CHMP positive opinion for Keytruda in NSCLC
Posted: 27 June 2016 | | No comments yet
The CHMP has recommended approval of Keytruda for the treatment of locally advanced or metastatic NSCLC in adults whose tumours express PD-L1…
The Committee for Medicinal Products for Human Use (CHMP) of the European Medicines Agency (EMA) has adopted a positive opinion recommending approval of Merck’s Keytruda (pembrolizumab) for the treatment of non-small cell lung cancer (NSCLC).
Specifically, the CHMP has recommended approval of the therapy for the treatment of locally advanced or metastatic NSCLC in adults whose tumours express PD-L1 and who have received at least one prior chemotherapy regimen. The positive opinion will now be reviewed by the European Commission for marketing authorisation in the European Union (EU).
Commenting on the news, Dr Roger Dansey, senior vice president and therapeutic area head, oncology late-stage development, Merck Research Laboratories, said: “This news marks an important step in making Keytruda available for appropriate patients suffering from locally advanced or metastatic non-small cell lung cancer. We are grateful to patients and investigators around the world who participated in these studies and who are helping to advance this important new treatment.”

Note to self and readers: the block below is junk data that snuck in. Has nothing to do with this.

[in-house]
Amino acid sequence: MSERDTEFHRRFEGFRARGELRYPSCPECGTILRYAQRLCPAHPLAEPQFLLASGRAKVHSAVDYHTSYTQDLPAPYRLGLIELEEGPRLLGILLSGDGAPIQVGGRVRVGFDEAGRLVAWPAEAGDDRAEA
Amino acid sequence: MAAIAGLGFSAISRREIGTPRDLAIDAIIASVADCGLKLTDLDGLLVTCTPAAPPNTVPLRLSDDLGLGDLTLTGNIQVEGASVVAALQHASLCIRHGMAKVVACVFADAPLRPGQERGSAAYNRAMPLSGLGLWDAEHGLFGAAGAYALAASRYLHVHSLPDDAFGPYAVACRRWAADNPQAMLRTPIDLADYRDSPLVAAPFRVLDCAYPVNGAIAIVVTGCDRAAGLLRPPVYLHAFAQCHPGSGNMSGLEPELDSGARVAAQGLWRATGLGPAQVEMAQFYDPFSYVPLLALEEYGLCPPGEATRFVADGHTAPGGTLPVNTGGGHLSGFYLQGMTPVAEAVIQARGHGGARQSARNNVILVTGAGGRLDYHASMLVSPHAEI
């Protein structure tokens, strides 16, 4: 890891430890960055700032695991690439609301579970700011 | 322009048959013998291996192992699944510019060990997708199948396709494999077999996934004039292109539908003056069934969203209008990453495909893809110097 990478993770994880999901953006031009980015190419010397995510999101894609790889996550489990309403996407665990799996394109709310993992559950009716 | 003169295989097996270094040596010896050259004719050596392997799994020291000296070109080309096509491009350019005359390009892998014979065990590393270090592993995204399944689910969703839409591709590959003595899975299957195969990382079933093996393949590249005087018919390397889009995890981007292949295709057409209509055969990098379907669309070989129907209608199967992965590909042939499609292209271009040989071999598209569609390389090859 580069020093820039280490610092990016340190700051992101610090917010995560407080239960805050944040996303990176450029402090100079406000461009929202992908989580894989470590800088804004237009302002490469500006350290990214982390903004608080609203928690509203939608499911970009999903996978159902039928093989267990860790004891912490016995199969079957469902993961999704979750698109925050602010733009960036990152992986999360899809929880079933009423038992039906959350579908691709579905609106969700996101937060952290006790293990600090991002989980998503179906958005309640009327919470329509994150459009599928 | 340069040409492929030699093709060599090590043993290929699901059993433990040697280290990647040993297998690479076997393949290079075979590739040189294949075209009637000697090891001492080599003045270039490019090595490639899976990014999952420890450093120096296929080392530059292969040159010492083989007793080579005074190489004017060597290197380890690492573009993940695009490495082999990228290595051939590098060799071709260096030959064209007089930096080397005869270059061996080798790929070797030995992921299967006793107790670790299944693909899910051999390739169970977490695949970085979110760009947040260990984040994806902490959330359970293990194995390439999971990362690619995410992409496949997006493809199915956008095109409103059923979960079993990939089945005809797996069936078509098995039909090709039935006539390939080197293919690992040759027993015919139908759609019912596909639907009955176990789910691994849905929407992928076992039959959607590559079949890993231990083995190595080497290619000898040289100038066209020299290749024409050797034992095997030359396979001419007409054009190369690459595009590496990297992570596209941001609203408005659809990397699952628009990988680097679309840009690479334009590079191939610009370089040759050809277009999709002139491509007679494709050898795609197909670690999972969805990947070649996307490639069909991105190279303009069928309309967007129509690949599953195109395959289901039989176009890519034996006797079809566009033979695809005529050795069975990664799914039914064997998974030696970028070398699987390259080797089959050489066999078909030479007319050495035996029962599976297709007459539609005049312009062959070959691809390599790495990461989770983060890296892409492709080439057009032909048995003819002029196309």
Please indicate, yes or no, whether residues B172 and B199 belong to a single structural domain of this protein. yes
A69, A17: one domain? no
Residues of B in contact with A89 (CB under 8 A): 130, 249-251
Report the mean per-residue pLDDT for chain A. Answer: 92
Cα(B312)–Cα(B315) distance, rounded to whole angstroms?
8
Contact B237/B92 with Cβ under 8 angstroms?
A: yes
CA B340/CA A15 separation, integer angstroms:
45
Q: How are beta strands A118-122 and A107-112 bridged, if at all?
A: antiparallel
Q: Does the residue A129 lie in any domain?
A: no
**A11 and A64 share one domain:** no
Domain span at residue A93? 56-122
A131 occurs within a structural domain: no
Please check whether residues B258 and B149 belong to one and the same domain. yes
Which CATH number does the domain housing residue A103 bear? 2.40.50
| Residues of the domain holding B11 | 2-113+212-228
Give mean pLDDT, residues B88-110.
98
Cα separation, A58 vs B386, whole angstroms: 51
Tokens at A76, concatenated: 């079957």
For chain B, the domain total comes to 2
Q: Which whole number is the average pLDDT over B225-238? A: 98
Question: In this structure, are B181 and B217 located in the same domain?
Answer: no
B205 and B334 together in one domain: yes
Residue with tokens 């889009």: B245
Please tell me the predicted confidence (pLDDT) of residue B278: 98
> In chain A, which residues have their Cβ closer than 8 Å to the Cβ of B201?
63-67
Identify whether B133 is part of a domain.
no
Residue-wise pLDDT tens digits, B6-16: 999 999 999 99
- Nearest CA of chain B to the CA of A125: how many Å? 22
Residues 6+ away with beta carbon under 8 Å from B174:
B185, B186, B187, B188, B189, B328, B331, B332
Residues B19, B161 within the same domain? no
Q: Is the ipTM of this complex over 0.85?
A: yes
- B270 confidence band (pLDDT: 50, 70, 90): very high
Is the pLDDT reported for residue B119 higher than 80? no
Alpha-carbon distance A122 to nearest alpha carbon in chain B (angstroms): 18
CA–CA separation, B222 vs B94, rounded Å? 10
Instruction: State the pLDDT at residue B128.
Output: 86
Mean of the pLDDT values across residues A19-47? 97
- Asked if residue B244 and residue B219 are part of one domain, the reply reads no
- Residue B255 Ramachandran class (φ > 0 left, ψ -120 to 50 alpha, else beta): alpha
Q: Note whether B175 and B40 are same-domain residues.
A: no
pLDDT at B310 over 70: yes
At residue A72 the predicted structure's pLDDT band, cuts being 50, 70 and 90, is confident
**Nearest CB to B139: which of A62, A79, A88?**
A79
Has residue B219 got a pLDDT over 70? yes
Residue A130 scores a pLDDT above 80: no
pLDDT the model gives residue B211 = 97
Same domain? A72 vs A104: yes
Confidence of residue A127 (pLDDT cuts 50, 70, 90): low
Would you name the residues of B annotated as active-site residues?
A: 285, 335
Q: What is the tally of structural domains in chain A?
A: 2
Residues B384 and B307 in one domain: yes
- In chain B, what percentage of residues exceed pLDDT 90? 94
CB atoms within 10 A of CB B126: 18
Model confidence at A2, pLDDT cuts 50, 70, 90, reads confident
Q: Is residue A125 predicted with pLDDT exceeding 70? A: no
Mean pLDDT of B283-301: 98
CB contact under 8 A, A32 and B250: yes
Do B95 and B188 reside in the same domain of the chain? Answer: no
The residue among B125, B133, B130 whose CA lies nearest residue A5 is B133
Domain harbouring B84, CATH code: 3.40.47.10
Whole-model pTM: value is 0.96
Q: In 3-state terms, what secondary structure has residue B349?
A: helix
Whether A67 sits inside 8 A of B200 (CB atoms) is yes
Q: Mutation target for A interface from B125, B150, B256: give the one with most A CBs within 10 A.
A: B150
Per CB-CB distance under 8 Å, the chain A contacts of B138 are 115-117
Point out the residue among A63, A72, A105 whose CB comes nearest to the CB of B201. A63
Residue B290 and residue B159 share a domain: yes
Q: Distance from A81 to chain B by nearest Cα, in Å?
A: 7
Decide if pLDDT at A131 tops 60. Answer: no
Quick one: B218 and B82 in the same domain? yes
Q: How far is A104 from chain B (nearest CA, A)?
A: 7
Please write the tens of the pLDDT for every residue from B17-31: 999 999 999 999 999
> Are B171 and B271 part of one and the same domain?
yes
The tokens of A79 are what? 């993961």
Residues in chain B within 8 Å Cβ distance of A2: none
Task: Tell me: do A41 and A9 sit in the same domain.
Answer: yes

Positive opinion supported by data from KEYNOTE-010 and KEYNOTE-001
Data supporting the CHMP positive opinion were based on findings from two studies, KEYNOTE-010, a pivotal study assessing overall survival (OS) and KEYNOTE-001, which assessed overall response rates (ORR). KEYNOTE-010 is an open-label, randomised Phase II/III trial assessing OS with two doses of Keytruda (2 mg/kg or 10 mg/kg every three weeks) compared to docetaxel (75 mg/m2 every three weeks), a standard of care chemotherapy, in patients with any level of PD-L1 expression. KEYNOTE-001 is a multicentre, open-label multi-cohort, activity-estimating study evaluating ORR of Keytruda (2 mg/kg or 10 mg/kg every three weeks).
The CHMP recommended approval of Keytruda monotherapy at a dose of 2 mg/kg every three weeks, which is also the FDA-approved dose for metastatic NSCLC in the United States. Based on this recommendation, a final decision regarding the approval of the therapy is expected from the European Commission in the third-quarter of 2016.